My sleep was troubled that night. I wrestled with my feelings and affections toward Miriam and battled with my anger and hurt. I felt as if I was wandering in a land of shadows, murky and void of dreams, when suddenly, I was startled by a vision of the brightest creature I'd ever seen. I knew immediately it was an angel of the Lord. Surprisingly, he spoke to me such words of reassurance I did not believe them at first. Do not be afraid! The news concerning Miriam was not tragic news but quite the opposite. This was the handiwork of God and by His power He was about to save His people from their sins. I knew that tongues would wag as the months progressed. I knew there would be talk about Miriam; about myself. But there would always be talk. It was the prophet's words that mattered most to me now. "Behold, a virgin shall be with child, and shall bear a Son, and they shall call His name Immanuel, God with us." (Is. 7:14; Mt. 1:16-25)
Many years ago, Michael Card composed and recorded a lullaby entitled Joseph's Song which beautifully portrayed the perspective of Joseph as he gazed upon the Christ Child. "How could this be?" it began. Having had two sons of my own and being one of the first people to know they were going to propose to that "special girl", I know how significant this event is in a young man's life. I can imagine the overwhelming feelings that Joseph must have dealt with after Mary was found with child during the course of his betrothal. Betrothal at that time was just as binding as marriage and considered just as legal. To learn that Mary was pregnant was tantamount to discovering she had committed adultery. Yet, Scripture tells us that Joseph learned the truth about Mary's child by Divine revelation and that he went through with the marriage in spite of the stories that must have been circulated around Nazareth. Such is the story of how a simple craftsman came to be the earthly father of the King of the Universe. Beautifully described in Michael Card's song, it was a role that certainly must have both amazed and unnerved him.
Although we do not hear much about Joseph after Jesus' childhood, we do know that his lineage plays a very important role in the life of Jesus. Mt. 1:1-17 is an extensive list of Jesus' family tree, tracing His roots all the way back to Abraham. Perhaps the most significant ancestor of Jesus is one of Jacob's sons, Judah. Like most of his brothers, Judah did not have a stellar track record in the walk of faith. Yet, when his father Jacob was on his deathbed he blessed Judah with the promise that "the scepter will not depart from Judah" (Gen. 49:10). As the nation of Israel grew, the line of Judah emerged as the lineage of kings through the anointing of a young shepherd boy named David. David's descendants reigned from Jerusalem until 586 B. C. When the Babylonian Empire conquered the nation it appeared that David's line had come to an end. But the promises of God, are not to be taken lightly nor for granted. God's timetable never functions as human ones do. When He promised David that a "son" of his would reign forever, He was not referring to an earthly reign, but an eternal one (2 Sam. 7:8-16). Human frailty and death however, preclude immortality. So, how could a descendant of David have an eternal reign? Joseph's line has the legitimate claim, but he is finite like the rest of us. God's solution was that Mary, although from a different branch of David's family tree, is also a descendant of David. Since there are earthly parents, there is a legal claim to the throne. But because there is an Eternal Father, there is therefore an eternal Son, a descendant who reigns forever. Joseph must have have believed that God fulfilled His promises as he followed through with the difficult social implications of a “pregnant fiancée”. But Joseph held fast to his faith, did what God asked of him and remained committed to Mary. His actions force us to examine how we respond to God’s commands: “How do I measure up to Joseph?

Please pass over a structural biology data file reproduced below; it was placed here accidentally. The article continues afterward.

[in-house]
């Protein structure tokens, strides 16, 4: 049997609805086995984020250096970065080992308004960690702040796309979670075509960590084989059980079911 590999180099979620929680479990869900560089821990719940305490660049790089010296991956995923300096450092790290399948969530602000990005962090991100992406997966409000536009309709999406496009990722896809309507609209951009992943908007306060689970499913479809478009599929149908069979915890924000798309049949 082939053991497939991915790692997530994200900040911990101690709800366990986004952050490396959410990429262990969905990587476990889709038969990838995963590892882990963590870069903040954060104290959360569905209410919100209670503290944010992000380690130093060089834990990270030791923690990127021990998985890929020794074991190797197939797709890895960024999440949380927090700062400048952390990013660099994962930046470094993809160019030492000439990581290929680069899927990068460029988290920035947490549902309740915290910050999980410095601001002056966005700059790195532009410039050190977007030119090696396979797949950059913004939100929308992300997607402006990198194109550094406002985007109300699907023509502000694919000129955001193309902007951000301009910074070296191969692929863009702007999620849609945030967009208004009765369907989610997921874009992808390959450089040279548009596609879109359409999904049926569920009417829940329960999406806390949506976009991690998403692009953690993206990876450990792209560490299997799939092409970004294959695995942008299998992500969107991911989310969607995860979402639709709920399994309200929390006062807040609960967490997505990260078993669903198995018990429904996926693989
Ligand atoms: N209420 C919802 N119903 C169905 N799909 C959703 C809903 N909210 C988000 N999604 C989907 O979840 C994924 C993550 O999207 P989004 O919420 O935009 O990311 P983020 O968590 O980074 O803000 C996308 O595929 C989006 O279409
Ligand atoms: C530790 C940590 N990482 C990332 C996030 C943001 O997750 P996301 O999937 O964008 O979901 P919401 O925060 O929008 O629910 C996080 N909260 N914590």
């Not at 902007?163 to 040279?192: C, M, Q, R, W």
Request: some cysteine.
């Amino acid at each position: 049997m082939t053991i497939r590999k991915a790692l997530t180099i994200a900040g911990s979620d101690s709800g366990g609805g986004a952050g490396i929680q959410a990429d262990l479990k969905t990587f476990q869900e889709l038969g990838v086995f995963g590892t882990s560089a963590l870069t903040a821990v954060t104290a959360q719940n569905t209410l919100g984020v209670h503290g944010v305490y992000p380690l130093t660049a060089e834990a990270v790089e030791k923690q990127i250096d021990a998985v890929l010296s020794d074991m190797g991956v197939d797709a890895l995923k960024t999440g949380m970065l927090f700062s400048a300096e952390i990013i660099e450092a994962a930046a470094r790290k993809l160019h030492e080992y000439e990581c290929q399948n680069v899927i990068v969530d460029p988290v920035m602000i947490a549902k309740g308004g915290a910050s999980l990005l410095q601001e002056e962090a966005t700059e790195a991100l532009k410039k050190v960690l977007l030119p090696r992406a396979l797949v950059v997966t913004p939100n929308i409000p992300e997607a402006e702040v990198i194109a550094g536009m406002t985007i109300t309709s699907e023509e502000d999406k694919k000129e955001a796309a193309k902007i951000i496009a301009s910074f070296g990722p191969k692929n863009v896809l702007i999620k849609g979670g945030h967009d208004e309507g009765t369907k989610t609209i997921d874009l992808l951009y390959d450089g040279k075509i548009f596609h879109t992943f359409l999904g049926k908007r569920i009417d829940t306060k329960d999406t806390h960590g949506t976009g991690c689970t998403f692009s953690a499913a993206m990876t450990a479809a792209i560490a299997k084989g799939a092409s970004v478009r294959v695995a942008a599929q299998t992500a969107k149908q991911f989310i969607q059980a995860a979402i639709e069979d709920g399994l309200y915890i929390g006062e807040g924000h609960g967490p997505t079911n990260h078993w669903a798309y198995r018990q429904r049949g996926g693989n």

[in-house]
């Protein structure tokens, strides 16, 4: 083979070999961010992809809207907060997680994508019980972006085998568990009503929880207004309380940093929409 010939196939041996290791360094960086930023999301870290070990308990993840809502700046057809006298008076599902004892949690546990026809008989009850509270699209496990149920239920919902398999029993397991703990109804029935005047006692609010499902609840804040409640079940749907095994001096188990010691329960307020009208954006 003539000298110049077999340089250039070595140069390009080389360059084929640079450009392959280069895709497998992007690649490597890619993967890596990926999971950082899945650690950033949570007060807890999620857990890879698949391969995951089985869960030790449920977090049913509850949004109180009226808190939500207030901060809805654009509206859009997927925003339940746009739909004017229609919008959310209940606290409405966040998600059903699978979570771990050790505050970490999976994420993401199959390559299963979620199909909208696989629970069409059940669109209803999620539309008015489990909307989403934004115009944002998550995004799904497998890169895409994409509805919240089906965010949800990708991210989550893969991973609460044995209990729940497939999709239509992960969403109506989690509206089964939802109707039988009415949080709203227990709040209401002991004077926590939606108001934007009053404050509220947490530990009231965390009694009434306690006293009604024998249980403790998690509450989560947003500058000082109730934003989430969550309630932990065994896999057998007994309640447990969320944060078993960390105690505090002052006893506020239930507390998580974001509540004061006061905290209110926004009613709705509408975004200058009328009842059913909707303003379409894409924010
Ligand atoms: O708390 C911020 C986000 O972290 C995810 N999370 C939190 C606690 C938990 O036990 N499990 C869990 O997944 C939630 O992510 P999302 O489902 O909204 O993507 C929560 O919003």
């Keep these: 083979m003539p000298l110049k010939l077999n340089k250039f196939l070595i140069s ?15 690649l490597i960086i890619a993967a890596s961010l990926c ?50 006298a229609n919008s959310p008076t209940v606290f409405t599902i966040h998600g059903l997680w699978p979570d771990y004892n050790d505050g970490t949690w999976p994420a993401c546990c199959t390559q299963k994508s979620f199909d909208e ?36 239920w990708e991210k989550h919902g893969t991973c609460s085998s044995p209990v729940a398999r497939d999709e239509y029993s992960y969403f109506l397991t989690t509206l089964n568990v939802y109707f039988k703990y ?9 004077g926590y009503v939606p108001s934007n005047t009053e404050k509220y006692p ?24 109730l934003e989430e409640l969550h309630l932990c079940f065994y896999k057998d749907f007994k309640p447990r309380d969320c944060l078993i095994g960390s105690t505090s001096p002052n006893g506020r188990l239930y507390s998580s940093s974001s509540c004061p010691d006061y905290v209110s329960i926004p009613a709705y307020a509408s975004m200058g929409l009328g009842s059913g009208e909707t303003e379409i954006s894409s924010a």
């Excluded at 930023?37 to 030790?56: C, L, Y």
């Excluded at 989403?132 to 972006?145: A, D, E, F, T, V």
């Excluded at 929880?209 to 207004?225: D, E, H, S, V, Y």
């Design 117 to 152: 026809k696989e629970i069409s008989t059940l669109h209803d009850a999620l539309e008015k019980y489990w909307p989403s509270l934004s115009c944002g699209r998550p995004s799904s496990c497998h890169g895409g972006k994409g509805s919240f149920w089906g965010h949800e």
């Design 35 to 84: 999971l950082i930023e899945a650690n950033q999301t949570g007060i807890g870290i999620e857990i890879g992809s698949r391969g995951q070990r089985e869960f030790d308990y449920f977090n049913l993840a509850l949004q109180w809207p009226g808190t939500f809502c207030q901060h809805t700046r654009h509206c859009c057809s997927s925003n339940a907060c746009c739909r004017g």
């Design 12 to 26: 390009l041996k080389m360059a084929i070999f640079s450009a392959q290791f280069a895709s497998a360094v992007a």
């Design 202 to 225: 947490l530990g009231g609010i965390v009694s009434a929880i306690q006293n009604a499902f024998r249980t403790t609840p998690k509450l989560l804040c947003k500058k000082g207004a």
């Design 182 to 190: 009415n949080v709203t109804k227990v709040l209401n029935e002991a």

Ann H. LeFevre, M. Div. 12/10/2017
* The name Mary is an English transliteration of the Greek name Marias, which in turn is a transliteration of the Hebrew name Miriam.